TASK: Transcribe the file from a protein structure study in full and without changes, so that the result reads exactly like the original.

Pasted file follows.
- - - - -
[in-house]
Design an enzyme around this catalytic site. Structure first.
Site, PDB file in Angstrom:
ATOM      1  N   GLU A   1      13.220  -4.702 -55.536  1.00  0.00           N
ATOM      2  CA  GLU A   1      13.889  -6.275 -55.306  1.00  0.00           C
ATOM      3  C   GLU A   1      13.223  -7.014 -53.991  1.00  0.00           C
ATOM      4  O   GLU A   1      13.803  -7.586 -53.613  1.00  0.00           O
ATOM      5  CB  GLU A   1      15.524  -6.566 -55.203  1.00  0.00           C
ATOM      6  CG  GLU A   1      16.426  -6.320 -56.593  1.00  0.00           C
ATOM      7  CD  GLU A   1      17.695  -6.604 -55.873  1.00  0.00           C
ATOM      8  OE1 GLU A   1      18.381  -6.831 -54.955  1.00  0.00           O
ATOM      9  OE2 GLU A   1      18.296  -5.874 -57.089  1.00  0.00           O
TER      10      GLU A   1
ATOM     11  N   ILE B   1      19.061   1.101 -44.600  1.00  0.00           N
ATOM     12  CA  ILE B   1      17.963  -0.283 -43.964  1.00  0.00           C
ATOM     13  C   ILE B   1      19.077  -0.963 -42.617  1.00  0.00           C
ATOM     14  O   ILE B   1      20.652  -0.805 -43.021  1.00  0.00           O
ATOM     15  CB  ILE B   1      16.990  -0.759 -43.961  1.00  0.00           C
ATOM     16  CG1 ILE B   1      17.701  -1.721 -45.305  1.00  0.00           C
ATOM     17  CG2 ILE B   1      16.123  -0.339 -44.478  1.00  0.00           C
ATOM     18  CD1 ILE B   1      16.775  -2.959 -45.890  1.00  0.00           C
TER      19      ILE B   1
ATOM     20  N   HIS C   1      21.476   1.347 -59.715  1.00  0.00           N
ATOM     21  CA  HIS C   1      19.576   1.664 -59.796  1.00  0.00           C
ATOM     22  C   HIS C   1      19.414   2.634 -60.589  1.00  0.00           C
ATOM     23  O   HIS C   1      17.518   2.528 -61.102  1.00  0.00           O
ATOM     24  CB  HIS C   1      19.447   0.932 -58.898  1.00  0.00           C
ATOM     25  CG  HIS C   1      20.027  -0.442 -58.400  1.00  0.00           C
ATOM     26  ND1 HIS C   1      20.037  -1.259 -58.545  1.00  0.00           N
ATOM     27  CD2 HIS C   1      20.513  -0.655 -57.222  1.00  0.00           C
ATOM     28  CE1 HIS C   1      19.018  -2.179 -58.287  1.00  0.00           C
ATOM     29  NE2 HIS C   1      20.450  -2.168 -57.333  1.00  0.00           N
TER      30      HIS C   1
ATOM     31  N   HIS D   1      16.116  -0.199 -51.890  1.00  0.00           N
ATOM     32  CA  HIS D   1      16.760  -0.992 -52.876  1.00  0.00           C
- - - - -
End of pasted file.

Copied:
[in-house]
Design an enzyme around this catalytic site. Structure first.
Site, PDB file in Angstrom:
ATOM      1  N   GLU A   1      13.220  -4.702 -55.536  1.00  0.00           N
ATOM      2  CA  GLU A   1      13.889  -6.275 -55.306  1.00  0.00           C
ATOM      3  C   GLU A   1      13.223  -7.014 -53.991  1.00  0.00           C
ATOM      4  O   GLU A   1      13.803  -7.586 -53.613  1.00  0.00           O
ATOM      5  CB  GLU A   1      15.524  -6.566 -55.203  1.00  0.00           C
ATOM      6  CG  GLU A   1      16.426  -6.320 -56.593  1.00  0.00           C
ATOM      7  CD  GLU A   1      17.695  -6.604 -55.873  1.00  0.00           C
ATOM      8  OE1 GLU A   1      18.381  -6.831 -54.955  1.00  0.00           O
ATOM      9  OE2 GLU A   1      18.296  -5.874 -57.089  1.00  0.00           O
TER      10      GLU A   1
ATOM     11  N   ILE B   1      19.061   1.101 -44.600  1.00  0.00           N
ATOM     12  CA  ILE B   1      17.963  -0.283 -43.964  1.00  0.00           C
ATOM     13  C   ILE B   1      19.077  -0.963 -42.617  1.00  0.00           C
ATOM     14  O   ILE B   1      20.652  -0.805 -43.021  1.00  0.00           O
ATOM     15  CB  ILE B   1      16.990  -0.759 -43.961  1.00  0.00           C
ATOM     16  CG1 ILE B   1      17.701  -1.721 -45.305  1.00  0.00           C
ATOM     17  CG2 ILE B   1      16.123  -0.339 -44.478  1.00  0.00           C
ATOM     18  CD1 ILE B   1      16.775  -2.959 -45.890  1.00  0.00           C
TER      19      ILE B   1
ATOM     20  N   HIS C   1      21.476   1.347 -59.715  1.00  0.00           N
ATOM     21  CA  HIS C   1      19.576   1.664 -59.796  1.00  0.00           C
ATOM     22  C   HIS C   1      19.414   2.634 -60.589  1.00  0.00           C
ATOM     23  O   HIS C   1      17.518   2.528 -61.102  1.00  0.00           O
ATOM     24  CB  HIS C   1      19.447   0.932 -58.898  1.00  0.00           C
ATOM     25  CG  HIS C   1      20.027  -0.442 -58.400  1.00  0.00           C
ATOM     26  ND1 HIS C   1      20.037  -1.259 -58.545  1.00  0.00           N
ATOM     27  CD2 HIS C   1      20.513  -0.655 -57.222  1.00  0.00           C
ATOM     28  CE1 HIS C   1      19.018  -2.179 -58.287  1.00  0.00           C
ATOM     29  NE2 HIS C   1      20.450  -2.168 -57.333  1.00  0.00           N
TER      30      HIS C   1
ATOM     31  N   HIS D   1      16.116  -0.199 -51.890  1.00  0.00           N
ATOM     32  CA  HIS D   1      16.760  -0.992 -52.876  1.00  0.00           C